In theory, seeing Judi Dench, Maggie Smith, Tom Wilkinson and Bill Nighy share the screen should be a delight.
In reality, the seriocomic romp "The Best Exotic Marigold Hotel" merely has its moments, but more often feels heavy-handed, sappy and overlong. Sure, it'll seem warm and crowd-pleasing but probably only to crowds of a certain age, who may relate to these characters who find themselves in flux in their twilight. Handsome as the film is from John Madden, who directed Dench to her supporting-actress Oscar for "Shakespeare in Love," it too often spells out too much, and features painfully literal symbolism like a bird taking flight at just the right time.
Still, Dench does some of the loveliest work of her lengthy and esteemed career here as Evelyn, who's recently widowed after 40 years of marriage and struggling to establish an identity on her own. She's one of several elderly Brits who travel to a resort in Jaipur, India, that advertises itself as an elegant destination for retirees.
There's also Graham (Wilkinson), a burned-our high court judge with fond memories of India from his youth; Muriel (Smith), a cranky former housekeeper in need of a hip replacement who doesn't even bother to hide her racism; the bickering married couple Douglas (Nighy) and Jean (Penelope Wilton), who are miserable in their new assisted-living community; Madge (Celia Imrie), who'd rather be out hunting for a rich husband than taking care of her grandchildren; and Norman (Ronald Pickup), who's similarly been looking for love in all the wrong places.
They all end up on the same flight with dreams of a romantic, Rudyard Kipling-esque adventure waiting for them. Upon arrival, though, they find the place is empty and falling apart, despite the best efforts of Sonny (Dev Patel of "Slumdog Millionaire"), the enthusiastic, young manager who inherited the hotel from his father, to turn it into a palace. Sonny also has his own romantic subplot, having fallen in love with a beautiful, modern young woman (Tena Desae) whom his snobbish, traditional mother doesn't approve of. Patel is very likable here, playing an inherently ingratiating character with no obnoxiousness.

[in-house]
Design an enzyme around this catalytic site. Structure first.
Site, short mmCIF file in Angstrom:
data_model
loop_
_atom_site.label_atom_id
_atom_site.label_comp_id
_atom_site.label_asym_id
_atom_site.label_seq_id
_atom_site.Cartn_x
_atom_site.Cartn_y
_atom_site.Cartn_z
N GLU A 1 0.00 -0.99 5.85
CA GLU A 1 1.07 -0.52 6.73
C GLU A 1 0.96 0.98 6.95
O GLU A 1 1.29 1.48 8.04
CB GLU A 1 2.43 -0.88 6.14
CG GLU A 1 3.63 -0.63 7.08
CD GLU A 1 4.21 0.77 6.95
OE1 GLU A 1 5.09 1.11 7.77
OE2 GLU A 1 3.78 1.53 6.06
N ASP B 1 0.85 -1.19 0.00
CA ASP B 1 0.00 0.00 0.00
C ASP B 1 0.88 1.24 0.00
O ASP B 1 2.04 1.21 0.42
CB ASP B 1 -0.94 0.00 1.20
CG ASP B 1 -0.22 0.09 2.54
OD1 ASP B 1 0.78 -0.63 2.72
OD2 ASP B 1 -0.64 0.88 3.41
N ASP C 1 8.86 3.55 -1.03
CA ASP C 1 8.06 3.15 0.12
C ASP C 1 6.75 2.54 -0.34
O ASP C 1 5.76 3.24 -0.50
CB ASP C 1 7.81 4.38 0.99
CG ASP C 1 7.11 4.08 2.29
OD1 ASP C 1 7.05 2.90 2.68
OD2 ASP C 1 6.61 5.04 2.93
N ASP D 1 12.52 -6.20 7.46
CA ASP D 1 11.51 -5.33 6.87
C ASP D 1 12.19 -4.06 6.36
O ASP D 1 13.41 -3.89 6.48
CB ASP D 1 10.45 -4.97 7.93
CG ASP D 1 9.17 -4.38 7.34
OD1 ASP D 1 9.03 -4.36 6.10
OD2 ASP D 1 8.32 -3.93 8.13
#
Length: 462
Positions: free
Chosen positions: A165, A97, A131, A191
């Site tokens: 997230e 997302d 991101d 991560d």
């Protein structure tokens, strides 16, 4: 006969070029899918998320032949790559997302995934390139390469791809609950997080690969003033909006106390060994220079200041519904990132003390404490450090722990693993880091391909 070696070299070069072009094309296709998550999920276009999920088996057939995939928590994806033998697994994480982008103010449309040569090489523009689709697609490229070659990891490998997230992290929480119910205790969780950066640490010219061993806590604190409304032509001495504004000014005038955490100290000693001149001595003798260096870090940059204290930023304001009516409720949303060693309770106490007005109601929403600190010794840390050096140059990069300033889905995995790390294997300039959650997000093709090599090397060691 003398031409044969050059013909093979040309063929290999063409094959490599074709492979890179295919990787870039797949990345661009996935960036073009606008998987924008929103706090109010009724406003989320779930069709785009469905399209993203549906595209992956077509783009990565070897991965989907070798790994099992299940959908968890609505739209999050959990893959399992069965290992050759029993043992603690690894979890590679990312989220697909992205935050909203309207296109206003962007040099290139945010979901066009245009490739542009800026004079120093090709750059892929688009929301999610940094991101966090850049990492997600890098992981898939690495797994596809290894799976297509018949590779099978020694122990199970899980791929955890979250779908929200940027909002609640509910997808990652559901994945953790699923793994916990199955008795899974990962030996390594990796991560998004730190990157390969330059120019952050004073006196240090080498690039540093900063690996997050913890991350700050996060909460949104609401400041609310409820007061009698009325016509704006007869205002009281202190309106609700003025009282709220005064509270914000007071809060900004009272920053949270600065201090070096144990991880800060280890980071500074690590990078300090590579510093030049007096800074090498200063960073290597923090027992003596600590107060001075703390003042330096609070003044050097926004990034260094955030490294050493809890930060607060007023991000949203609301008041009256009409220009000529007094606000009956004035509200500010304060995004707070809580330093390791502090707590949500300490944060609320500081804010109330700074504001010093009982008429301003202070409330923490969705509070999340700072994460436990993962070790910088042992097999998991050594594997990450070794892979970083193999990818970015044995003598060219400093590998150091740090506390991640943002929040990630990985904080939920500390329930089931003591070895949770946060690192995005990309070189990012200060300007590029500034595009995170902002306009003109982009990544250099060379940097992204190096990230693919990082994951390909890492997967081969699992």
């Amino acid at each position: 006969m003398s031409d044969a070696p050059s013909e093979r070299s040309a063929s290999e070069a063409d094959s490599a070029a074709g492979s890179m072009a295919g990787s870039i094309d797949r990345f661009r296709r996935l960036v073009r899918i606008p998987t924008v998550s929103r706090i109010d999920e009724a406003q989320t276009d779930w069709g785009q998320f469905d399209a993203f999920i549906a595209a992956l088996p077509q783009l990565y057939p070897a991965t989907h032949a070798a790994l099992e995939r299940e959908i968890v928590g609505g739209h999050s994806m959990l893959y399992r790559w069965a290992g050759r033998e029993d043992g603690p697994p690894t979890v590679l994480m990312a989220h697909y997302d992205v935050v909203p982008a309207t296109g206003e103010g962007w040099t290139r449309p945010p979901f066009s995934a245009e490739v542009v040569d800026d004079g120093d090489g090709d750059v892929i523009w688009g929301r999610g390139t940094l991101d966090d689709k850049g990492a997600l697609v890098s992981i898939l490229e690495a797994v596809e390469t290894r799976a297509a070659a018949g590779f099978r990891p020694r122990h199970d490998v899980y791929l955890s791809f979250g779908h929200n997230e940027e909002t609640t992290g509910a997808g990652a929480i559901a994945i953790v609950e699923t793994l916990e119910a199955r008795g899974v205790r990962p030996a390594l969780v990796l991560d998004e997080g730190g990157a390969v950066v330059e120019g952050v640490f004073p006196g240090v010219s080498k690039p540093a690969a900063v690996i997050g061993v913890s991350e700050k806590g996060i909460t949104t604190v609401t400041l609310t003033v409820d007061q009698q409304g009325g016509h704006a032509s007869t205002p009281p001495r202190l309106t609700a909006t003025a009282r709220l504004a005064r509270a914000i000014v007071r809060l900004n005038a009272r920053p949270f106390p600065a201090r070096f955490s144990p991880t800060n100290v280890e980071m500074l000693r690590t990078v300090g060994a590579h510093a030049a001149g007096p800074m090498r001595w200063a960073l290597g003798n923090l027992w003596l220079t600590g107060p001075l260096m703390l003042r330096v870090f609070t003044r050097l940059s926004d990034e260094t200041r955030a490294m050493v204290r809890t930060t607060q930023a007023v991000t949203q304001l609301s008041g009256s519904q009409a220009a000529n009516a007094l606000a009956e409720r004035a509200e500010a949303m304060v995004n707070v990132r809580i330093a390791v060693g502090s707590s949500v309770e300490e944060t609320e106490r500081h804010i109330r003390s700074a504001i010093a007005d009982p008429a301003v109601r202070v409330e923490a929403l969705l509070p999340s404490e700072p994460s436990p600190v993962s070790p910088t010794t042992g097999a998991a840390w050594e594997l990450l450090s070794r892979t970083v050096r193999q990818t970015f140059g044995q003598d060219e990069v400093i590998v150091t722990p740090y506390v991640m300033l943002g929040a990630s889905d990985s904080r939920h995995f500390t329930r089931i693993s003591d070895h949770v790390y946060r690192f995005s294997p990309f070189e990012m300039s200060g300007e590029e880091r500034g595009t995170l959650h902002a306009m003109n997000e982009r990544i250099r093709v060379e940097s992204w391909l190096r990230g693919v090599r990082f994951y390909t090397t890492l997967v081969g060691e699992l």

Eventually, all the guests learn to adapt to varying degrees. Each character experiences an obligatory moment of truth in this colorful, bustling city, but the plot machinations in the script from Ol Parker, based on the novel "These Foolish Things" by Deborah Moggach, feel rather creaky. A lot of the humor is also pretty corny: Indian food is so spicy! Viagra is so exciting! And the Internet is so scary and complicated!
Here and there, though, "The Best Exotic Marigold Hotel" wins you over temporarily with a subtle delivery or a poignant exchange. Dench and Wilkinson have a couple of quietly powerful moments together, and Nighy is just heartbreaking with every sad, dry quip he makes.
But mostly, "Marigold Hotel" is old-fashioned, safe and resistant to stray from its comfort zone - like visiting a foreign country and only eating the foods you already know you like.
"The Best Exotic Marigold Hotel," a Fox Searchlight Pictures release. Running time: 122 minutes. Two stars out of four.